Ferocious Atlantic Hurricanes on the Rise, Study Reveals

Atlantic hurricanes are becoming more dangerous than ever before, and they're growing stronger at a rapid pace, a recent study warns.

Over the past few decades, the likelihood of a weak storm rapidly escalating into a Category 3 or higher hurricane within 24 hours has more than doubled.

These rapid intensifications of hurricanes have already caused some of the most costly climate-related disasters in the US.

For instance, Hurricane Maria morphed from a Category 1 to a devastating Category 5 hurricane in less than 24 hours, leaving Puerto Rico in ruins.

Such swift intensifications make it challenging to predict the extent of damage a hurricane will cause and can leave authorities with insufficient time for evacuations.

The study reveals that the risk of rapidly strengthening hurricanes has significantly increased from 2001 to 2020 compared to previous decades.

Higher ocean temperatures, driven by global warming, play a crucial role in this trend. Oceans have absorbed over 90% of the heat trapped by greenhouse gases.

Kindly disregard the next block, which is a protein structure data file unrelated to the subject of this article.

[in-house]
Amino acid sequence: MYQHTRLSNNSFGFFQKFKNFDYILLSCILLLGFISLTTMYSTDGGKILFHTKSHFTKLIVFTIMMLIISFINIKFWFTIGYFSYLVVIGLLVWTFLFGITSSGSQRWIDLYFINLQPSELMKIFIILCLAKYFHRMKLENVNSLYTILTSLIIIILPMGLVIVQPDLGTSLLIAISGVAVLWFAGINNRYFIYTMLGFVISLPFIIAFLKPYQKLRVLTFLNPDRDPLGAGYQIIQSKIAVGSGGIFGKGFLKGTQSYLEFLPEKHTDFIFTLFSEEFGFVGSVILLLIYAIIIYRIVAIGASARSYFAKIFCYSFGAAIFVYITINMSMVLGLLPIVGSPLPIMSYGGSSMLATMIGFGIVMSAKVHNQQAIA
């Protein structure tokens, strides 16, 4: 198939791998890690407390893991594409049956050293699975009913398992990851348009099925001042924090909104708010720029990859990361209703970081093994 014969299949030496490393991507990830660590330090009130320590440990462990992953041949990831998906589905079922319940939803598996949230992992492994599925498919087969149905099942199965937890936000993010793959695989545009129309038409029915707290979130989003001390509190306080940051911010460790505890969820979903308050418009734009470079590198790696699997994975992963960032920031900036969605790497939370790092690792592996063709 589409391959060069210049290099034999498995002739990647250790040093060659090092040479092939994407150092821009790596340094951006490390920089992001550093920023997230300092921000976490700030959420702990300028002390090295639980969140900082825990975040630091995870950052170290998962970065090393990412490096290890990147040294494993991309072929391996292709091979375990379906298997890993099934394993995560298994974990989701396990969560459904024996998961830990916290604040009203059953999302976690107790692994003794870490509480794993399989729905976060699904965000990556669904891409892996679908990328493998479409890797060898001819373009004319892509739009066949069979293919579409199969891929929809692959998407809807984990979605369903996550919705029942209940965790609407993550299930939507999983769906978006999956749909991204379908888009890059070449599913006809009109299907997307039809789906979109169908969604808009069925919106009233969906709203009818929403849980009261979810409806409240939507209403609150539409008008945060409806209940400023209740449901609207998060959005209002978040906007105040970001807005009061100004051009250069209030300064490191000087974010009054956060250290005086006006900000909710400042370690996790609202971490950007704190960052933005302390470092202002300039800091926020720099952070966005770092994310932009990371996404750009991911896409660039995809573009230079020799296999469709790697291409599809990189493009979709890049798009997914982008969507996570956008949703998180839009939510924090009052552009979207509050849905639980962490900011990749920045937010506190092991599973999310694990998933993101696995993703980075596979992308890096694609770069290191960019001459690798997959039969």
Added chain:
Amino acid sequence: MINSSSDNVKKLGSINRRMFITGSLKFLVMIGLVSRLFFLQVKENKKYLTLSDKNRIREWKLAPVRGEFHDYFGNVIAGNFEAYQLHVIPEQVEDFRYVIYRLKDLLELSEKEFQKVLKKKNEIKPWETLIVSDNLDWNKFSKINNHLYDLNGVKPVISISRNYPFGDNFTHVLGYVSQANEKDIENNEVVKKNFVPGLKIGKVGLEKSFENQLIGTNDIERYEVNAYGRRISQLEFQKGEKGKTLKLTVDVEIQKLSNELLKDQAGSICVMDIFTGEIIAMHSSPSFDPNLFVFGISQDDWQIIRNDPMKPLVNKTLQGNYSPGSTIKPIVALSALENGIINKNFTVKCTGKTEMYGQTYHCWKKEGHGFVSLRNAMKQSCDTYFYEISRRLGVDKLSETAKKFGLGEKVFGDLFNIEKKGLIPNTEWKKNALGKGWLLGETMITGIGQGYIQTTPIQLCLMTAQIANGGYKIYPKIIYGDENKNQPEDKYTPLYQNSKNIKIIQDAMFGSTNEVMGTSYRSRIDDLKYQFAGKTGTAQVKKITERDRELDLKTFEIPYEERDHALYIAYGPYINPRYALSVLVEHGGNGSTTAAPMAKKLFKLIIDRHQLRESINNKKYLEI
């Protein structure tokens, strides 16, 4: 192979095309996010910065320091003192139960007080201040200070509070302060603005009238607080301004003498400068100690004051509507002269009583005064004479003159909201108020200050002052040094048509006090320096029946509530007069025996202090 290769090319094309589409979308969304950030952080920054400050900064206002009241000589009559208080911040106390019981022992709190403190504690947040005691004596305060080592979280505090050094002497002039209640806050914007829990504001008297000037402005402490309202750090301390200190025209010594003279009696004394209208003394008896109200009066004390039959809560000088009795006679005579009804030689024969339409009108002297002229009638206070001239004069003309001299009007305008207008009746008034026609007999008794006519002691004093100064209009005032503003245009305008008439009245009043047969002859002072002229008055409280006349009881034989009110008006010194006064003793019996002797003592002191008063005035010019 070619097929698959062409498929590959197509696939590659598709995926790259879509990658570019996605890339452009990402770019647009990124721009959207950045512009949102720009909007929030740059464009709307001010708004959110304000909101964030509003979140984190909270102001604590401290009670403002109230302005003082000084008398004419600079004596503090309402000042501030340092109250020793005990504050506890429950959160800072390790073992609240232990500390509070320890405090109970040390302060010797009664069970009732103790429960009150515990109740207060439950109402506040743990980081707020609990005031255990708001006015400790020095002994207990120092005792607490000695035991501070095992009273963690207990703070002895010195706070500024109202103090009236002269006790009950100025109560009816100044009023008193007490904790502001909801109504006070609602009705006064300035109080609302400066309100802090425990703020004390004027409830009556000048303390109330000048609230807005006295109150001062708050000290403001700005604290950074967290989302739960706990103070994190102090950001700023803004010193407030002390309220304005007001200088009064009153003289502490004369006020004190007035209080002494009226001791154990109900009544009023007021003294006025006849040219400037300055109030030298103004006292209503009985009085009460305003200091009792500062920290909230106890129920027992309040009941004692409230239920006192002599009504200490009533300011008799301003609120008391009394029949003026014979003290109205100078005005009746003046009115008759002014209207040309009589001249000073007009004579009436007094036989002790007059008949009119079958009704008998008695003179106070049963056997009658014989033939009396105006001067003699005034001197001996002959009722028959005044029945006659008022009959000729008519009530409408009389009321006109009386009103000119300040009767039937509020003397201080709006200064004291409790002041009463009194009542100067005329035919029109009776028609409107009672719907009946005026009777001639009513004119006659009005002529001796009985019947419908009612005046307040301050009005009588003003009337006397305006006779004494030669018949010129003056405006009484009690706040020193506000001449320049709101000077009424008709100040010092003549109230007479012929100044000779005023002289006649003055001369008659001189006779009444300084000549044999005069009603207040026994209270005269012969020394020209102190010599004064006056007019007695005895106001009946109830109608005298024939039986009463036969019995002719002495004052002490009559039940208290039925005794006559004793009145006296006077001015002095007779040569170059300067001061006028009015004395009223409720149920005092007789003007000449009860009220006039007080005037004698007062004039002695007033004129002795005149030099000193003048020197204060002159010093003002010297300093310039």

As a result, sea surface temperatures have risen by approximately 0.9 degrees Celsius since 1850, providing more fuel for hurricanes.

Dr. Andra Garner conducted the study by analyzing historical data from the National Hurricane Center, uncovering consistent increases in hurricane rapid intensification over time.

Her research also identified regional variations, with more frequent rapid intensifications along the US East Coast and the southern Caribbean. The Gulf of Mexico showed less intensification.

This study, though not global, adds to a growing body of evidence that rapid-onset major hurricanes are becoming more frequent.

This raises concerns about the future of hurricane forecasting and the importance of addressing climate change.